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Draft Profile: Mark Scheifele

by Paul Branecky / Carolina Hurricanes
On each weekday between now and the first round of the NHL Entry Draft on June 24, we'll be profiling one of 11 players who could be chosen with the 12th overall pick by Carolina. Today's subject is Barrie Colts center Mark Scheifele. Previously: Sven Bartschi | Nathan Beaulieu | Jonas Brodin | Sean Couturier | Oscar Klefbom | Ryan Murphy | Jamieson Oleksiak | Also see: Hurricanes Draft History.

Scouts may have had to look a little harder to fully appreciate Mark Scheifele, but those who did certainly liked what they saw.

Paul Branecky
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The 6-foot-2, 177-pound center spent his first season of junior hockey with the Barrie Colts, which ended up being one of the least-successful teams in Canadian major junior hockey. Having lost key players Alexander Burmistrov and Alex Pietrangelo to the NHL, the Colts went from being the Ontario Hockey League’s best team to its worst in just one year, posting a record of 15-49-4 this past season.

Although the Colts as a team may not have been much of a factor, Scheifele certainly wasn’t to blame. His 75 points in 66 games were fourth among OHL rookies, while his 53 assists led all first-year players and tied him for seventh overall.

Those numbers alone would seem to make him a good bet to join Burmistrov and Pietrangelo as a first-round NHL draft pick, but there is some debate as to how Barrie’s misfortune affected his scoring totals. Some think his increased ice time and status as a clear go-to guy may have artificially enhanced his totals, while others believe that his lack of support and the attention he drew from opposing defenders make his success more remarkable.

Count the Hurricanes in the latter group.

“Two things happen in a situation like that – you don’t get the talent level that surrounds the player and you also get in a situation where a good player on a bad team plays an enormous amount,” said Hurricanes Vice President and Assistant General Manager Jason Karmanos. “One of the more impressive things that he did this year was the type of production he had on a relatively bad team.”

“After a time he was targeted by the opposition as a guy that they needed to stop,” said Tony MacDonald, the Hurricanes’ director of amateur scouting. “The fact that he was still able to produce is a good thing.”

Still, it took an impressive performance at the World Under-18 Championship in April to really enhance his overall stock. Playing with the best players his age, Scheifele co-led all Canadian forwards in scoring with 8 points (6g, 2a) in seven games. On his team, only a pair of defensemen, including the previously-profiled Ryan Murphy, scored more.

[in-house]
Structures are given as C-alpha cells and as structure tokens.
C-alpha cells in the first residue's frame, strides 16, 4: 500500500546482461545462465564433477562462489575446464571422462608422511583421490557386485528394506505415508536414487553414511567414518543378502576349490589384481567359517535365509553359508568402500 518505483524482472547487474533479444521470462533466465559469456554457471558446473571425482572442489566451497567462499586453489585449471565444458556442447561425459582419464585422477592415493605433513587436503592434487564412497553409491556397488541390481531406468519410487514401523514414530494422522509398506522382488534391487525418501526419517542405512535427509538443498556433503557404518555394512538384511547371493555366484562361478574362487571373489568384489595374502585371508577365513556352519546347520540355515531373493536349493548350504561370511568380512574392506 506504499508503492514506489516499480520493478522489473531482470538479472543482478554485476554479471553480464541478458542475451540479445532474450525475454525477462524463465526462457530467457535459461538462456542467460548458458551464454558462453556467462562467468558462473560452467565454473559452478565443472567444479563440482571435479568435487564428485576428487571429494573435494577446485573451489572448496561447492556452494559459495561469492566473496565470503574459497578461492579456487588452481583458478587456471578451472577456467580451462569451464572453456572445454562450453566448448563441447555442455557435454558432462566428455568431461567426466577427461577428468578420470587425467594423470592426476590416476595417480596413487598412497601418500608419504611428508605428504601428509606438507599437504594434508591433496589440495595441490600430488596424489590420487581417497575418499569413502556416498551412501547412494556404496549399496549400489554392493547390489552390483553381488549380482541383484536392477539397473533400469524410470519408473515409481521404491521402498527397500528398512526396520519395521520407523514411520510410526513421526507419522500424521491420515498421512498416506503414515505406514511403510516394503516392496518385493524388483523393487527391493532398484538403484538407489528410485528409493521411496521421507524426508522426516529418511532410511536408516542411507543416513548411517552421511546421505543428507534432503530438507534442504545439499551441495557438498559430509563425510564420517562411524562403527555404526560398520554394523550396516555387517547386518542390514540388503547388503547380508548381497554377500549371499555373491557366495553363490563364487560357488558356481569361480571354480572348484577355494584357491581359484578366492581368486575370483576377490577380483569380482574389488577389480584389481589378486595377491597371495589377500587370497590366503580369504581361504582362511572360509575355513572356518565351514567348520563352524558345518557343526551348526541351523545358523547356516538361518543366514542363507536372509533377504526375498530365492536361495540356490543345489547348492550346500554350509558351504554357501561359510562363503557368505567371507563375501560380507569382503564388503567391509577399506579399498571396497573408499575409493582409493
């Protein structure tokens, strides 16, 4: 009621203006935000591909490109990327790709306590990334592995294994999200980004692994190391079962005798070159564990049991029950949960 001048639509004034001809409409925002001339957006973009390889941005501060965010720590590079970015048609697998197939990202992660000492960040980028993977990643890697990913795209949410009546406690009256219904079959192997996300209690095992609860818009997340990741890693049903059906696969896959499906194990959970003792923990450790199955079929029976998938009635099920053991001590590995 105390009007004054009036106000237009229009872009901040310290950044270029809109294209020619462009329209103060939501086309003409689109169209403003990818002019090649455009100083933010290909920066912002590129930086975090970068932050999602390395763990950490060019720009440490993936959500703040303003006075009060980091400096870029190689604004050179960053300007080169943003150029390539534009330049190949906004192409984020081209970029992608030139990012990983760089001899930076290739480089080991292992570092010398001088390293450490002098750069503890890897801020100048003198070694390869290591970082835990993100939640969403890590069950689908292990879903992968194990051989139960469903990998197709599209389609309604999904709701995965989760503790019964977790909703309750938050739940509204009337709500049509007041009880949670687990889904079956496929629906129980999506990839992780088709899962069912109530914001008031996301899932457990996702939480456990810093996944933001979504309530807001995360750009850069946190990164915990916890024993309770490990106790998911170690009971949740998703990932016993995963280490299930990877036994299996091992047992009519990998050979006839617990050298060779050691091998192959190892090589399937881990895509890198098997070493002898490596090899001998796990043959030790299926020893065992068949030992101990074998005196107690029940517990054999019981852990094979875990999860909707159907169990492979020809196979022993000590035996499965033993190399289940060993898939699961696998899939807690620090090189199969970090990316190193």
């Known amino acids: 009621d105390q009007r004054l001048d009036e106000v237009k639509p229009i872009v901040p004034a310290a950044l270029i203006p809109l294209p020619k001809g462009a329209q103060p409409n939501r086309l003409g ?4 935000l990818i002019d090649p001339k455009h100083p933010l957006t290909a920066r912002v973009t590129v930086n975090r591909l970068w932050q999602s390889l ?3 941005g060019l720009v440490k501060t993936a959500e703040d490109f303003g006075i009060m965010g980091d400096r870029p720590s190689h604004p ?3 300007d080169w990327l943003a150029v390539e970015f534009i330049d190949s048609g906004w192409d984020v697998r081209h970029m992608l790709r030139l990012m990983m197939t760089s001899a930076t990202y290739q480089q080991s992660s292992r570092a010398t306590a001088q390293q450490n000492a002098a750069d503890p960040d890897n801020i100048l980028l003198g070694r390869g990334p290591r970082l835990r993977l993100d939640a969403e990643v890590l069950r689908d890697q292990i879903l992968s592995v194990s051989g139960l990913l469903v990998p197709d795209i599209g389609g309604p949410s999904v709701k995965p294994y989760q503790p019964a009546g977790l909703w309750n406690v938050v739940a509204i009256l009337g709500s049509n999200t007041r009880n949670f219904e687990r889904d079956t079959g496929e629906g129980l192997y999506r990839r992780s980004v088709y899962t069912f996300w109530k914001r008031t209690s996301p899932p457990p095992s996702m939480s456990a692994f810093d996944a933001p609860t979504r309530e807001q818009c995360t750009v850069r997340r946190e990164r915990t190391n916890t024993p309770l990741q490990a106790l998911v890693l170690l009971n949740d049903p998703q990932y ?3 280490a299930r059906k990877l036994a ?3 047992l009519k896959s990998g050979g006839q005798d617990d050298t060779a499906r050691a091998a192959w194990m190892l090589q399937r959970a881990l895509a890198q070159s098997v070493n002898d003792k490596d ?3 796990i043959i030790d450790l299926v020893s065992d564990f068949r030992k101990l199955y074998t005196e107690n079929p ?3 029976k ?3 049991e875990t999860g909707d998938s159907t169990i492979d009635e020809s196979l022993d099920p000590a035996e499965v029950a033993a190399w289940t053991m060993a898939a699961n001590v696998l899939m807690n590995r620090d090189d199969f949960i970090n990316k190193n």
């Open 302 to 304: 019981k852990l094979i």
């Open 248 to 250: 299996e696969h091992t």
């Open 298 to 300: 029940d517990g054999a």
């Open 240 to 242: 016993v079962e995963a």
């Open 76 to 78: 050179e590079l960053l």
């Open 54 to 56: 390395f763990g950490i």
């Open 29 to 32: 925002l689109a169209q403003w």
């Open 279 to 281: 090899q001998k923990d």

“His performance at the under-18s showed what he can do while getting more support from his teammates,” said MacDonald.

“If there were any doubts that he was a good prospect, I think he dispelled those doubts with his performance,” said Karmanos.

That tournament and his 11-goals-in-18 games finish with Barrie caused Scheifele to rise in various draft rankings, including a 26-spot jump from No. 44 to No. 18 by the International Scouting Service. Similar to Jeff Skinner one year earlier, that placement, along with his status as the NHL Central Scouting Service’s No. 16 North American skater, might still be too low.

“He’s a good faceoff guy who plays in all situations,” said MacDonald. “He may not project to score quite as much at the NHL level, but he reminds of a young Eric Staal in the way he plays the game. He’s a big kid with good reach.”

“He skates well for his size and plays a solid, two-way game,” said Karmanos. “Scheifele has good playmaking abilities but can also put the puck in the net.”

The Hurricanes also like Scheifele’s character intangibles, feeling he kept a positive attitude despite his difficult situation. In what would become a microcosm of his season, he scored a hat trick in his home debut – a 9-3 loss. Things wouldn’t get much better from there.

“Losing has a tendency to wear you down, but he responded well to the challenge,” said MacDonald. “There were very few indications that he was frustrated, and his body language and energy level were always consistent. That’s a good sign.”

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